A New Islamic Pottery Phase in Syria: Tell Shahin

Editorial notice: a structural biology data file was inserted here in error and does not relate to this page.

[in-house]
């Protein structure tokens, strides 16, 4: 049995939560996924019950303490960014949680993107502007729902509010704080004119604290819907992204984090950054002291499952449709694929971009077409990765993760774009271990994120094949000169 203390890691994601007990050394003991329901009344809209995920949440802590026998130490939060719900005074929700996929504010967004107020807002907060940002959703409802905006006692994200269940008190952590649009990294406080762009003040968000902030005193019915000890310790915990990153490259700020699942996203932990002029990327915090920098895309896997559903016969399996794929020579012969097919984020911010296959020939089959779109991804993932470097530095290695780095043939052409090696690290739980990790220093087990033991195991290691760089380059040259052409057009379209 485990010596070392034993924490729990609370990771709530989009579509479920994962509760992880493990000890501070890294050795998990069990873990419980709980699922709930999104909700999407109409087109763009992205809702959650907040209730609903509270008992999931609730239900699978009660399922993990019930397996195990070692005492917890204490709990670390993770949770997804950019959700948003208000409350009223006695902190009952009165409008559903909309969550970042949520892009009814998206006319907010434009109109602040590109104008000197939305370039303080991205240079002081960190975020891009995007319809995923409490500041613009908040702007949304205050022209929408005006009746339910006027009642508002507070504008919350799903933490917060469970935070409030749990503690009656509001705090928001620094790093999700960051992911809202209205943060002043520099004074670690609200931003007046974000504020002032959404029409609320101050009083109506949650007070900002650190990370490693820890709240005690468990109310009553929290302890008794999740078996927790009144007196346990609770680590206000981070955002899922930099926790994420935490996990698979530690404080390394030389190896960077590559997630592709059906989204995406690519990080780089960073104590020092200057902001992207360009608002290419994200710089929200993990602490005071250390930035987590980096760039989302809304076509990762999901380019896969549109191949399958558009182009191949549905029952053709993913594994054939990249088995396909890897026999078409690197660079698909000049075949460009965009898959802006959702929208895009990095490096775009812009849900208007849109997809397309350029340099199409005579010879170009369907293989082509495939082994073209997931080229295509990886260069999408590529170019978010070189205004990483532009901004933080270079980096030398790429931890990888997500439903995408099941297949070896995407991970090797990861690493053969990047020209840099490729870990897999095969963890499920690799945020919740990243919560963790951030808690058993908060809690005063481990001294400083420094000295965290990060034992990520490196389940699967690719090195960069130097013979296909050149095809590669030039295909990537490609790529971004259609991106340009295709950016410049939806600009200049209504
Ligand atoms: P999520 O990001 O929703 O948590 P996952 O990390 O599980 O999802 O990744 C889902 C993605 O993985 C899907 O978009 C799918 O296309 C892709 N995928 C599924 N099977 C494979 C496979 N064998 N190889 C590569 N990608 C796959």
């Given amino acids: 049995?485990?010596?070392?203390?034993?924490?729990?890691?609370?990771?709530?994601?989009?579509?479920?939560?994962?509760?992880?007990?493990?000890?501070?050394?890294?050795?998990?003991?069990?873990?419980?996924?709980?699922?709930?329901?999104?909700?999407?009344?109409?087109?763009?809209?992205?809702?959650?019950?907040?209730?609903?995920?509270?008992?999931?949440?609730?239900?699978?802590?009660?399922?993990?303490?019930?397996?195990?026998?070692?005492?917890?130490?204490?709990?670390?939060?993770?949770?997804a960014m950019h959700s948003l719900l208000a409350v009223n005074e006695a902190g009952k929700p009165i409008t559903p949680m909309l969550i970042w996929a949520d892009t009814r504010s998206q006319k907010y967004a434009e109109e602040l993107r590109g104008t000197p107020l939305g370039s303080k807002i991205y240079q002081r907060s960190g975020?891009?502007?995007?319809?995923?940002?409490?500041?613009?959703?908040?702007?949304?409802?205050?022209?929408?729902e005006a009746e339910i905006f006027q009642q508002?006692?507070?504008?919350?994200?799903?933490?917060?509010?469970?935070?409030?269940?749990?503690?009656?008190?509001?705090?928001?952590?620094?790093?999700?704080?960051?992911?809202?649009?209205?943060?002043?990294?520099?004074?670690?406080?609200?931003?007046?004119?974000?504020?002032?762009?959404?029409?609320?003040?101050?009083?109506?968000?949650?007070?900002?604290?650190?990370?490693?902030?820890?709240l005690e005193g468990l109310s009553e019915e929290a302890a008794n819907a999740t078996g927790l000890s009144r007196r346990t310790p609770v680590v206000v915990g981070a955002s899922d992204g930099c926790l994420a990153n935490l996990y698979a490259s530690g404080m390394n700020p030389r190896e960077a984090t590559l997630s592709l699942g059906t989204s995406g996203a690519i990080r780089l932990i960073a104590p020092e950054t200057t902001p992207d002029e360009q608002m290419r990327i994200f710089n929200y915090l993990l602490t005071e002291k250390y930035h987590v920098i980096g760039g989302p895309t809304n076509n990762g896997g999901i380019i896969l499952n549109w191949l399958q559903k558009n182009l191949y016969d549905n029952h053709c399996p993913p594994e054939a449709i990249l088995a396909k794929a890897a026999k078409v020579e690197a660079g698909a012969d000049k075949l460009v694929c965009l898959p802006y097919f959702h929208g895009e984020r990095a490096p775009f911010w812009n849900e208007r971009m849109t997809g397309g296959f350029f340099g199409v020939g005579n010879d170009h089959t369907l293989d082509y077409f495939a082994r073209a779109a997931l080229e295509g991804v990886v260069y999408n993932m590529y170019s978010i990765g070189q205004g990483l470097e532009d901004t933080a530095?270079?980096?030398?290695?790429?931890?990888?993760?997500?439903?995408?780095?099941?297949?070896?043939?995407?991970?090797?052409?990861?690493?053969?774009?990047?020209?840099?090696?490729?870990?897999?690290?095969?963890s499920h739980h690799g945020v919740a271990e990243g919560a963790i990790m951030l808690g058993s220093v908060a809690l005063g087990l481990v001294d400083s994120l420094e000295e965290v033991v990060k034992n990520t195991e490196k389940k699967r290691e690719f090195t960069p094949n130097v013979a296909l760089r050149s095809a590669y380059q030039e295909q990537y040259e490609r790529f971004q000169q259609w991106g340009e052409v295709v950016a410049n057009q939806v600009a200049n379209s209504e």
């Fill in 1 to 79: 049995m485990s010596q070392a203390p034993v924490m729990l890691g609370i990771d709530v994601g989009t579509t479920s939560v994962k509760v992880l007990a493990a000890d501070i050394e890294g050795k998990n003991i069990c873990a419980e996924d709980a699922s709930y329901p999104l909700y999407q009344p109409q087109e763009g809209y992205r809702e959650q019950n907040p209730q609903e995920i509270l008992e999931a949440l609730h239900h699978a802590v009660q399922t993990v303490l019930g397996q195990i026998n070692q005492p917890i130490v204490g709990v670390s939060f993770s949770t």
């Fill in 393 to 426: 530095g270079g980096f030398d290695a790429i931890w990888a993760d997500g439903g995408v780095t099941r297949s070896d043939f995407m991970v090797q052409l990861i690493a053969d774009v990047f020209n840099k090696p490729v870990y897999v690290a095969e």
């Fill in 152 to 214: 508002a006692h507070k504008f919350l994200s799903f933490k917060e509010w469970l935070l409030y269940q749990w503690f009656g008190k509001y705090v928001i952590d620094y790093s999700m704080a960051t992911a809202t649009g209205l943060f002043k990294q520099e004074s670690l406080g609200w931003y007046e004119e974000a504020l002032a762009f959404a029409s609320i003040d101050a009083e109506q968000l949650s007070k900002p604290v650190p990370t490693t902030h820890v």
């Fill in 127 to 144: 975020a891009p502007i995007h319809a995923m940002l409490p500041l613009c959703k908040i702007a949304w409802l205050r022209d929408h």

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<ul><li><p>LEVANT XXVII 1995</p><p>A New Islamic Pottery Phase in Syria: Tell Shahin</p><p>Cristina Tonghini</p><p>Via G. Garibaldi 18,50047 Prato (Firenze), Italy.</p><p>A small but apparently homogeneous sample of pottery excavated in 1992 at the site of Tell Shahin~north of Raqqa in Syria~ may be dated to the eleventh century A.D. The study analyses glazed andunglazed wares.</p><p>The stratigraphy (Fig. 3)</p><p>Figure 1. Map of northern Syria showing the location of TellShahin.</p><p>The time available did not allow the excavation to becompleted to virgin soil. The maximum depth ofdeposits excavated was 3 m. below the surface. Theoccupation excavated consisted of two main phases:an upper disturbed phase connected with clandestineexcavations (phase 1) and an untouched mediaevalphase (phase 2), which is extremely homogeneous interms of pottery finds.</p><p>Phase 2 was sealed by two light gray ashy floors,the one 20 cm. above the other (unit 6 and 4). Veryfrequently in this phase irregular accumulations ofburnt material were encountered. It is very difficultfor the moment to establish their significance. No</p><p>.-.-----.,"</p><p>.,.~~ Ab,,," '\_'- .-T'iLSh'hi~:-'-</p><p>Aleppo</p><p>Tell Shahin is an 11 metre high mound, measuring340 x 400 metres, probably entirely formed as anarchaeological deposit; it is situated on the plain onthe left bank of the Euphrates River, 65 km. north ofRaqqa, on the modern road which connects Raqqa toTell Abyad at the Turkish border. 1 In the last few yearsthe site has been seriously damaged by clandestineexcavations; moreover, the top of the tell has beenused as a cemetery in the past three decades. TheDepartment of Antiquities at Raqqa promoted a res-cue project which started in May 1992 with a seasonof preliminary excavations, under the direction of MrMorhaf al-I</p></li><li><p>198 LEVANT XXVII 1995</p><p>3</p><p>7</p><p>2</p><p>Figure 2. Contour map of Tell Shahin; the approximate posi-tion of sondage S2 is indicated by the cross.</p><p>clear evidence of the activities connected with thisarea was found. No building phases were detected,although a few baked bricks were unearthed at thebottom of the trench, together with a packed-mudfeature. In the south wall of the trench, a large depositof very loose clayey sand (unit 15) was discovered,continuing into the baulk: it contained little pottery(25 sherds) and an iron dagger with a badly preservedwooden handle. The deposit was not completely ex-cavated and its nature remains unclear. From unit 4to the bottom of the trench the pottery is extremelyhomogeneous; in consequence, the whole of this layeris attributed to the same phase of occupation.</p><p>o 100 m 10</p><p>11</p><p>Figure 3. South section of sondage S2. 1, 2: modern cland-estine excavations. 3: ash deposit. 4, 6, and 10: ashy floor. 4a,7, 11: loose clayey sand with limestone flecks. 9: loose clayey andsilty sand with a very high concentration of limestone flecks. 15:deposit of very loose clayey sand. 22: ash deposit.</p><p>completely unknown in Syria and no other referencescan, at the moment, be given to support this dating;further investigations are clearly needed.</p><p>The pottery</p><p>Results and dating</p><p>The latest phase at the site can be attributed to theAyyubid period on the basis of the surface finds. Inthe excavated area, the effects of the clandestine ex-cavations and other modern activities have disturbedthis latest phase and there is probably no possibilityof finding an untouched Ayyubid phase on the tell.</p><p>Another phase sealed by the Ayyubid phase wasalso detected, still undisturbed. The finds are homo-geneous. The function of this area is, for the moment,still unclear.</p><p>In this earlier phase, the absence offritware as wellas of wares generally identified as early cAbbasidsuggests a tentative tenth-eleventh century date. Thepresence of early sgraffito ware, on the other hand,tends to indicate an eleventh century date (see belowin 'Dating of the Pottery'). This period is almost</p><p>The present analysis concerns only the stratified pot-tery from undisturbed phase 2. The finds from thelater phase have been subjected to preliminary analy-sis and only some of them have been drawn. Theassemblage of this last phase is very similar to thatfound on the surface, as a consequence of the diggingactivities for the cemetery and of clandestine excava-tors.</p><p>Glazed pottery from phase 2 (Figs 4-16)</p><p>The group of glazed pottery is extremely homo-geneous technically.</p><p>Body.</p><p>Temper: fine sand with white chalky grits (very likelyfrom lime). Sand grains are sometimes so small and</p></li><li><p>CRISTINA TONGHINI A New Islamic Pottery Phase in Syria: Tell Shahin 199</p><p>!I</p><p>CI</p><p>I</p><p>~~</p><p>I</p><p>)- D</p><p>~</p><p>.Q</p><p>~ti~</p><p>lJ-:;::7</p><p>.r.</p></li><li><p>200 LEVANT XXVII 1995</p><p>II</p><p>j?I</p><p>t.II</p><p>/~.s:.</p></li><li><p>IIIIIIII</p><p>Figure 13. Sherds of TYPE H.</p><p>Figure 12. Sherds of TYPE K.</p><p>Figure 11. Sherds of TYPE E.</p><p>'II,IIII</p><p>CRISTINA TONGHINI A New Islamic Pottery Phase in Syria: Tell Shahin 201</p><p>Figure 10. Sherds of TYPE D.</p><p>Figure 9. Sherd of TYPE A.</p><p>Figure 8. Sherd of TYPE A.</p></li><li><p>202 LEVANT XXVII 1995</p><p>Figure 14. Sherd of TYPE 1.</p><p>Figure 15. Sherds of TYPE B.</p><p>in such fine grain that sand can be supposed to havebeen present in the clay rather than added by thepotter.Consistency : dense, very fine.Colour: Munsell 5YR 7/6 and 5YR 7/4 are the mostcommon. Also found: Munsell 7.5YR 7/6, 6/6, 5/6(overfired), 8/4, 6/4 (overtired); 5YR 6/6, 7/8; 2.5Y8/6; 10YR 8/3, 7/4.Surface: it is generally slipped, except in TYPE J,where the slip is only used to paint the decorationunder the glaze.</p><p>Glaze. The glaze is transparent and exceptionally wellpreserved, still glossy and with no signs of irrides-cence. The colour is indicated in the following pagesfor each type. It can be transparent, yellow-cream,green or, rarely, dark yellow.</p><p>Figure 16.. Sherds of TYPE J.</p><p>Decoration. Different decorative techniques are used:splashed polychrome decoration, with the use ofgreen, manganese, and brown colour; sgraffito deco-ration, associated with monochrome and also with thepolychrome decoration mentioned above; carved dec-oration, used in association with the sgraffito decora-tion; and underglaze slip-painted decoration. Thesubdivision by types is based on the different decora-tive techniques employed and on the different coloursused.</p><p>Only the profile of each sherd is represented by draw-ings; the decoration of a number of sherds is illus-trated with photographs. For the new types, surfacesherds are also presented (Figs. 7 and 17).</p><p>Plain monochrome ware</p><p>TYPE C (Fig. 4)Green glaze.Body: Munsell 7.5YR 7/4; 5YR 7/6; 7.5YR 7/4; 5YR7/6; 5YR 6/6; 7.5YR 7/6.TYPE F (Fig. 4)Dark yellow glaze.Body: Munsell 2.5Y 8/6 and 5YR 7/6.TYPE M (Fig. 4)Pale cream-yellow.Body: Munsell 7.5YR 7/4; 5YR 7/6.TYPE P (body sherds only, not illustrated)Manganese glaze (because sherds are very small, themanganese colour can be part of a polychrome deco-ration and not a real monochrome glaze).</p><p>Monochrome glaze and sgraffito decoration</p><p>TYPE A (Figs. 5, 7, 8 and 9)</p></li><li><p>CRISTINA TONGHINI A New Islamic Pottery Phase in Syria: Tell Shahin 203</p><p>Slipped underglaze painted decoration.The slip is only used for painting the decorationdirectly on the surface of the vessel; the unslippedareas appear in dark brown under the glaze.Body: Munselll0YR 7/4.</p><p>References: glazed pottery</p><p>Fig. 4c: de Vaux 1946, fig. 1, 3 (polychrome painted</p><p>ware) and 9 (splash ware). Whitcomb 1988,fig. 7d, green splash.</p><p>d: de Vaux 1946, fig. 1, 5 (polychrome paintedware).</p><p>j: Grabar et al. 1978, pI. HIla (splash-ware).de Vaux 1946, fig. 1, 2 (polychrome paintedware).</p><p>Fig. 5a: Morgan and Leatherby 1987, fig. 30, 13</p><p>('polychrome dripped glaze'). Whitcomb1988, fig. 7r (polychrome splash ware andsgraffito decoration).</p><p>b: Grabar et al. 1978, pI. H 10 (splash-ware).f and h: Hardy-Guilbert 1984, fig. 27: 2 (mono-</p><p>chrome white glaze, from last phase, 1, at-tributed to A.D. 800-900).</p><p>h: Logar 1991, pI. 4/6.Type A has been found at Sus a (IZervran1977, fig. 44, 3 and Hardy-Guilbert 1984,</p><p>Total amount glazed sherds</p><p>Table 1. Glazed pottery sherds.</p><p>Type Bodysherd</p><p>A 7BC 18D 8Dl 1E 7F 1GHI 2J 2IZ 4L 1M 10o 1P 2Q 1RX 2</p><p>13</p><p>97</p><p>15</p><p>Rim Base</p><p>31</p><p>4 32 3</p><p>21</p><p>67Total amount</p><p>Green glaze. Sgraffito decoration (0.5-0. 7 cm~ wideincisions)Body: Munsell 7.5YR 6/6; 10YR 8/3; 7.5YR 5/6(overfired); 7.5YR 7/6.Slipped.</p><p>Splash decoration</p><p>TYPE E (Figs. 6 and 11)Manganese and green splash.Body: Munsell5YR 6/6; 5YR 7/6; 7.5YR 7/6; 7.5YR7/4; 7.5YR 7/6 with very small white inclusions inmost cases.TYPE IZ (Figs. 6 and 12)Green splash.Body: Munsell 5YR 7/8; 5YR 7/6.TYPE L (1 body sherd only, not illustrated)Yellow and brown splash.TYPE 0 (1 body sherd only, not illustrated)Green, manganese, and yellow splash.TYPE R (Fig. 6)Manganese splash.</p><p>Monochrome glaze~'incised and carved decoration</p><p>TYPE D (Figs. 5, 7 and 10)Creamy-yellow glaze; incised and carved decoration(0.4 - 0.5 em. wide incisions).Body: Munselll0YR8/3; 7.5YR8/4; 5YR 7/6; 7.5YR6/6. Reddish-yellow, pink, very pale brown.TYPE D 1 (not illustrated)Addition of green and! or manganese splashed deco-ration.</p><p>Painted decoration</p><p>Splashed and sgraffito decoration</p><p>TYPE G (Fig. 6)Green and manganese splash.Body: Munsell 5YR 7/6, +++ white inclusions.TYPE H (Figs 6 and 13)Green and manganese spots.Body: Munsell 7.5YR 6/4 (slightly overfired).TYPE I (Figs. 6 and 14)Green splash.Body: Munsell 5YR 7/6.</p><p>Type B (Figs. 6, 15 and 17)The surface is slipped, decorated with red paint, andfinally covered by a transparent, cream-yellow glaze.The effect is very similar to that of lustre-ware, ofwhich type B could represent an attempt at imitation.Body: Munsell 5YR 7/6; 5YR 7/8.TYPE J (Figs. 6 and 16)</p></li><li><p>204 LEVANT XXVII 1995</p><p>fig. 28: 4). See also Rosen-Ayalon 1974,figs. 596-597, 60 1, 603-604 for the inciseddecoration.Type D has been found at Rusafa, Logar1991, pI. 4/6.</p><p>Fig. 6b: Rosen-Ayalon 1974, figs. 402, 404-406, 409</p><p>(manganese and green splash); Morgan andLeatherby 1987, fig. 26: 8 ( sgraffito ware).</p><p>d: Madinat aI-Far 2, pI. 20, 5, diam. 12 cm.('yellow-green glaze').</p><p>g: Grabar et al. 1978, pI. H 14 (monochromecream-yellow glaze); Lane 1937, fig. 2: D(early sgraffito ware); Rosen-Ayalon 1974,fig. 613 (polychrome sgraffito.)</p><p>Fig. 7For all feet: Hardy-Guilbert 1984, fig. 27, 2 (mono-</p><p>chrome white glaze, from last phase, 1,attributed to A.D. 800-900)</p><p>j: Logar 1991, pI. 4/6, type D.a: de Vaux 1946, fig. 1: 8 (splash ware)</p><p>Unglazed ware from phase 2 (figs. 17 and 18)</p><p>WARE 1 (Figs. 17 and 18)</p><p>Common light buff-surfaced ware.Surface colour: several variations of buff, from lightcream to dark yellowish-beige.Core: light pinkish-buff, reddish-yellow, very lightyellowish-brown and possibly the same colours seenon surface.Temper: sand; a considerable amount of lime wasprobably already present in the clay.Consistency and texture: dense; medium-fine.The external surface is often smoothed. The presenceof a thin dull wash, made of liquid clay, has occasion-ally been observed.</p><p>WARE 2 (Fig. 17)</p><p>Fine pale yellow ware. Surface and inside colours:very pale yellow, light cream, pinkish-yellow.Consistency and texture: hard and compact; fine andvery fine.The surface is very smooth, sometimes even polished,and soapy to the touch.</p><p>WARE 3 (not illustrated)</p><p>Cooking pot (brittle ware)Colour: dark red, dark red-brown; the surface is oftenblack.Temper: sand.</p><p>Consistency and texture: very hard and compact;medium to fine.</p><p>WARE 4 (not illustrated)</p><p>Ware 1 with moulded decoration.</p><p>WARE 5 (Fig. 18)</p><p>Ware 1 with bitumen.</p><p>WARE 6 (Fig. 17)</p><p>Ware 1 with slip-painted decoration (black and red).</p><p>References: unglazed pottery</p><p>Fig. 7i: Madinat aI-Far 1, pI. 4: 3, diam. 7.5 cm.k: Madinat aI-Far 2, pI. 4: 11, diam. 12 cm.</p><p>Fig. 8a: Northedge et al. 1988, fig. 45: 14; diam.</p><p>9.5 cm., attributed to the eleventh century.b: Grabar et al. 1978, pI. A 4b, diam. 12.5 cm.e: Madinat aI-Far 2, pI. 13: 9, diam. 22 cm.f: Grabar et al. 1978, pI. A 2, diam. 36 cm.;</p><p>Madinat aI-Far 1, p. 63:b; diam. 14 cm., andp. 64:b, diam. 13 cm.</p><p>g: Northedge et al. 1988, pI. 41: 11, diam.13 cm., with bitumen; attributed to the ninthcentury (Samarran cAbbasid period).</p><p>i: Hardy-Guilbert 1984, fig. 19: 6 (last phase,1, attributed to A.D. 800-900).</p><p>j: Madinat aI-Far 2, pI. 1:2, diam. 20 cm.k: Madinat aI-Far 1, p. 65: c, diam. 42 cm.</p><p>Dating of the pottery</p><p>Discussion of the pottery dating is based essentiallyon glazed wares because they seem more sensitive tothe passage of time; moreover, glazed wares have, ingeneral, been more extensively studied.</p><p>The absence of fritware in the group of glazedpottery from phase 2 is extremely significant. Fritwarewas introduced into Syria in the late eleventh-earlytwelfth century; as a consequence, the late eleventh-twelfth century is the terminus ante quem for this entireassemblage. Also significant is the absence in phase 2of early cAbbasid ware, such as the green-and-brown-striped ware and the blue glaze ware which was foundon the surface.</p><p>The splash-ware types can be ascribed to the mid-cAbbasid period (ninth-tenth century). On the otherhand, it is true that other Samarra-related types,</p></li><li><p>CRISTINA TONGHINI A New Islamic Pottery Phase in Syria: Tell Shahin 205</p><p>II0.0</p><p>""~~~II</p><p>I ~I~</p><p>0 ~~I:::j~I:::jI ~~</p><p>II~ ~~</p><p>-O- s:::</p></li><li><p>206 LEVANT XXVII 1995</p><p>Table 2. Unglazed sherds.</p><p>Ware BSh Dec.BSh Rim Base Handle</p><p>1 153 6 10 4 32 23 3456</p><p>Totals 158 7 11 .5 3</p><p>Total amount unglazed sherds = 184Abbreviations: BSh: Body Sherd; Dec. BSh: DecoratedBody Sherd.</p><p>although found on the surface, do not occur in phase2; this fact probably indicates a later date for thegroup. Moreover, the presence of early sgraffito warerequires a later dating: Schnyder (1974, 90-91) hassuggested that the change from splash ware to earlysgraffito ware occurred about the middle of theeleventh century in Takht-i Sulayman in Iran. Al-though a similar chronology for Syrian sites is yet notavailable, an eleventh century date for phase 2 and forthe introduction of early sgraffito ware suits both theabsence of fritware and also the absence of early andmiddle cAbbasid wares.</p><p>During a recent excavation carried out by thepresent writer at QalCatJacbar, west of Raqqa, a fewsherds corresponding to the Tell Shahin assemblagecame to light in the earliest phase of occupation,together with early fritware: TYPES A, IZand M fromTell Shahin were recovered. These sherds at QalCatJacbar appear in a phase dated to the first half of thetwelfth century, but they proved to be only residualsherds. Therefore this presence of parallel material atQalCatJacbar does not undermine the argument for aneleventh century date for the Tell Shahin assemblage.</p><p>Acknowledgements</p><p>I wish to express my gratitude to Mr Morhafal-IZhalaf, director of the Raqqa Department of An-tiquities and of the Raqqa Museum, for his kindinvitation to take part in the excavations of Tell Shahinand to study the finds.</p><p>Notes</p><p>1 See Fig. 1. The tell has been recently surveyed by DrK.arin Bartl, from the Frei Universitat, Berlin:Fruhislamische Besiedlung 1m Balikh-Tall/Nordsyrien) andby Berthold" Einwag and Adelheid Otto, from the German</p><p>Archaeological Institute of Damascus. See also Copeland1979.</p><p>2 Forthcoming: La moyennevalh~e de l'Euphrate a l'epoqueislamique, Deir ez-Zor/Abu Kemal, project promoted bythe French Institute...</p></li></ul>